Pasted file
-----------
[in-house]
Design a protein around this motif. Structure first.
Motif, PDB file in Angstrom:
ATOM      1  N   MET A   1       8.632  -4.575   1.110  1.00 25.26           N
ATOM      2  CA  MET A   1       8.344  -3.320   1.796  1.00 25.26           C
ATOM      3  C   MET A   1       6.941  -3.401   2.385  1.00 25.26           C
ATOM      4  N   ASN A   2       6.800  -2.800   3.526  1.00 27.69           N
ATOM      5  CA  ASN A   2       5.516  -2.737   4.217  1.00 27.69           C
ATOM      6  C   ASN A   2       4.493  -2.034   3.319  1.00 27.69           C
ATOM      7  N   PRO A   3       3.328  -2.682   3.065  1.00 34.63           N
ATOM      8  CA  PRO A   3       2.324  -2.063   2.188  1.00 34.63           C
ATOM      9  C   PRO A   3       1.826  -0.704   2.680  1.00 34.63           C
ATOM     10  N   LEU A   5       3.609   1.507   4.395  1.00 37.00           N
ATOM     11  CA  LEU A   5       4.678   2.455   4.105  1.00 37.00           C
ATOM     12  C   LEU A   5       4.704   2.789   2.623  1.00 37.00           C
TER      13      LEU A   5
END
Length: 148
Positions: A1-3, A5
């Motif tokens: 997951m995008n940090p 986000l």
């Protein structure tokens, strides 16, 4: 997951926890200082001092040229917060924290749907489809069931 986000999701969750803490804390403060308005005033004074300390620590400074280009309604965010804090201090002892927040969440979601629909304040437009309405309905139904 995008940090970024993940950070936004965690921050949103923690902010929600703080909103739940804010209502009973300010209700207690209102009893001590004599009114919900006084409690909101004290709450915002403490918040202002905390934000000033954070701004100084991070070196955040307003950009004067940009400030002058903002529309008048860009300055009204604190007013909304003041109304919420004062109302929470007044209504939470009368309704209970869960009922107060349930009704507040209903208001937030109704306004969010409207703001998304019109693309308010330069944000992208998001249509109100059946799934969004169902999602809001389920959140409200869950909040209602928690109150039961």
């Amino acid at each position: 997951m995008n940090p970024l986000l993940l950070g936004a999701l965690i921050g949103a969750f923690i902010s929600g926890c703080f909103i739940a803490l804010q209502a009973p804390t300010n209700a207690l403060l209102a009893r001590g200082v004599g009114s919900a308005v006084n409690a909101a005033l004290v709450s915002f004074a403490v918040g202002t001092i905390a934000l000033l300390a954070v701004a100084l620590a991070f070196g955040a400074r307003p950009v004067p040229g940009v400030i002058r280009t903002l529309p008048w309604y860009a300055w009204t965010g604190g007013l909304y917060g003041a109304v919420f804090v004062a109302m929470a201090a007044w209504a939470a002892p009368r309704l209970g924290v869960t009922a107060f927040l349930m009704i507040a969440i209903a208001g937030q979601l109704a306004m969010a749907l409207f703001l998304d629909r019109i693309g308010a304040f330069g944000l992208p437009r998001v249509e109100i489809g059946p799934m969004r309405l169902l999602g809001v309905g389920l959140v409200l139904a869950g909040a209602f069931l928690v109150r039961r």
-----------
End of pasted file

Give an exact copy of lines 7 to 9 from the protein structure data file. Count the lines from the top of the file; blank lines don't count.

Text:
ATOM      4  N   ASN A   2       6.800  -2.800   3.526  1.00 27.69           N
ATOM      5  CA  ASN A   2       5.516  -2.737   4.217  1.00 27.69           C
ATOM      6  C   ASN A   2       4.493  -2.034   3.319  1.00 27.69           C